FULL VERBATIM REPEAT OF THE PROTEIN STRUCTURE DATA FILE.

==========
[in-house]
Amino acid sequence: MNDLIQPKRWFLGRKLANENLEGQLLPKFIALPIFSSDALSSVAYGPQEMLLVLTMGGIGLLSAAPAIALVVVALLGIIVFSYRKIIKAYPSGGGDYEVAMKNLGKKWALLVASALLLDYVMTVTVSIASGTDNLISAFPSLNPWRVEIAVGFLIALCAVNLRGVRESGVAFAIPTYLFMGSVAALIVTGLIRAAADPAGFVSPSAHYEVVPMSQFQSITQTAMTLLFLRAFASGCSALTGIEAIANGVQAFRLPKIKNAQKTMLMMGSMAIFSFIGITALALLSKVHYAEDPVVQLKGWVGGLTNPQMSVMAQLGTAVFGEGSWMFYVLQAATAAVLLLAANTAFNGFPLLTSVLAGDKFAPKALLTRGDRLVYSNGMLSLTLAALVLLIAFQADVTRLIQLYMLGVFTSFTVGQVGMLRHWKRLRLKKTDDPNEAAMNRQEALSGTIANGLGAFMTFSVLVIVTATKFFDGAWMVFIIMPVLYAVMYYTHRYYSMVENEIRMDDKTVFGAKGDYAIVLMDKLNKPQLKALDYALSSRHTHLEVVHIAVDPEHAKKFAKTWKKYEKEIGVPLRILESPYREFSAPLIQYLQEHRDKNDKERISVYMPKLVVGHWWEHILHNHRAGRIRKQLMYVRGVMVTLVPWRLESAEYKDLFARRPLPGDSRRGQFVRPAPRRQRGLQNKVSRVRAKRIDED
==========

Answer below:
[in-house]
Amino acid sequence: MNDLIQPKRWFLGRKLANENLEGQLLPKFIALPIFSSDALSSVAYGPQEMLLVLTMGGIGLLSAAPAIALVVVALLGIIVFSYRKIIKAYPSGGGDYEVAMKNLGKKWALLVASALLLDYVMTVTVSIASGTDNLISAFPSLNPWRVEIAVGFLIALCAVNLRGVRESGVAFAIPTYLFMGSVAALIVTGLIRAAADPAGFVSPSAHYEVVPMSQFQSITQTAMTLLFLRAFASGCSALTGIEAIANGVQAFRLPKIKNAQKTMLMMGSMAIFSFIGITALALLSKVHYAEDPVVQLKGWVGGLTNPQMSVMAQLGTAVFGEGSWMFYVLQAATAAVLLLAANTAFNGFPLLTSVLAGDKFAPKALLTRGDRLVYSNGMLSLTLAALVLLIAFQADVTRLIQLYMLGVFTSFTVGQVGMLRHWKRLRLKKTDDPNEAAMNRQEALSGTIANGLGAFMTFSVLVIVTATKFFDGAWMVFIIMPVLYAVMYYTHRYYSMVENEIRMDDKTVFGAKGDYAIVLMDKLNKPQLKALDYALSSRHTHLEVVHIAVDPEHAKKFAKTWKKYEKEIGVPLRILESPYREFSAPLIQYLQEHRDKNDKERISVYMPKLVVGHWWEHILHNHRAGRIRKQLMYVRGVMVTLVPWRLESAEYKDLFARRPLPGDSRRGQFVRPAPRRQRGLQNKVSRVRAKRIDED